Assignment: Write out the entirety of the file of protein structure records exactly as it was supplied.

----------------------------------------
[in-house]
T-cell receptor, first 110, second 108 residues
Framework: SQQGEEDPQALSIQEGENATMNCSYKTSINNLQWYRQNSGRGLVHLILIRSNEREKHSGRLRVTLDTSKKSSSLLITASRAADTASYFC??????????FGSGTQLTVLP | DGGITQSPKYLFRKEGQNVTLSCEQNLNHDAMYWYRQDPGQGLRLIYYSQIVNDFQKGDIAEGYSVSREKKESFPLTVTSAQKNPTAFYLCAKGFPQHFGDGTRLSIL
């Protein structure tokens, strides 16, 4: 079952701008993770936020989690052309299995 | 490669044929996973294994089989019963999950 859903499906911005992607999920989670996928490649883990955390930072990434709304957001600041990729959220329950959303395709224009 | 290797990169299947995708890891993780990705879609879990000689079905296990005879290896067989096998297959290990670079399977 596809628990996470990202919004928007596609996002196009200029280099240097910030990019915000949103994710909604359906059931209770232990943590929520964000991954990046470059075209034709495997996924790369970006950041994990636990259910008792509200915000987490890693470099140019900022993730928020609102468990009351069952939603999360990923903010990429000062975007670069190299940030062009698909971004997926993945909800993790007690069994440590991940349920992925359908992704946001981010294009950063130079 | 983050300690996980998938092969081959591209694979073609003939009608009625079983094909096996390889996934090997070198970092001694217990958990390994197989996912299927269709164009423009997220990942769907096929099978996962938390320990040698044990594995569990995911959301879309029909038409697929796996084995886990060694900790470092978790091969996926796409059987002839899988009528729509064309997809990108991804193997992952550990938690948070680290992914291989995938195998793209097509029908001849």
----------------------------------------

[in-house]
T-cell receptor, first 110, second 108 residues
Framework: SQQGEEDPQALSIQEGENATMNCSYKTSINNLQWYRQNSGRGLVHLILIRSNEREKHSGRLRVTLDTSKKSSSLLITASRAADTASYFC??????????FGSGTQLTVLP | DGGITQSPKYLFRKEGQNVTLSCEQNLNHDAMYWYRQDPGQGLRLIYYSQIVNDFQKGDIAEGYSVSREKKESFPLTVTSAQKNPTAFYLCAKGFPQHFGDGTRLSIL
């Protein structure tokens, strides 16, 4: 079952701008993770936020989690052309299995 | 490669044929996973294994089989019963999950 859903499906911005992607999920989670996928490649883990955390930072990434709304957001600041990729959220329950959303395709224009 | 290797990169299947995708890891993780990705879609879990000689079905296990005879290896067989096998297959290990670079399977 596809628990996470990202919004928007596609996002196009200029280099240097910030990019915000949103994710909604359906059931209770232990943590929520964000991954990046470059075209034709495997996924790369970006950041994990636990259910008792509200915000987490890693470099140019900022993730928020609102468990009351069952939603999360990923903010990429000062975007670069190299940030062009698909971004997926993945909800993790007690069994440590991940349920992925359908992704946001981010294009950063130079 | 983050300690996980998938092969081959591209694979073609003939009608009625079983094909096996390889996934090997070198970092001694217990958990390994197989996912299927269709164009423009997220990942769907096929099978996962938390320990040698044990594995569990995911959301879309029909038409697929796996084995886990060694900790470092978790091969996926796409059987002839899988009528729509064309997809990108991804193997992952550990938690948070680290992914291989995938195998793209097509029908001849």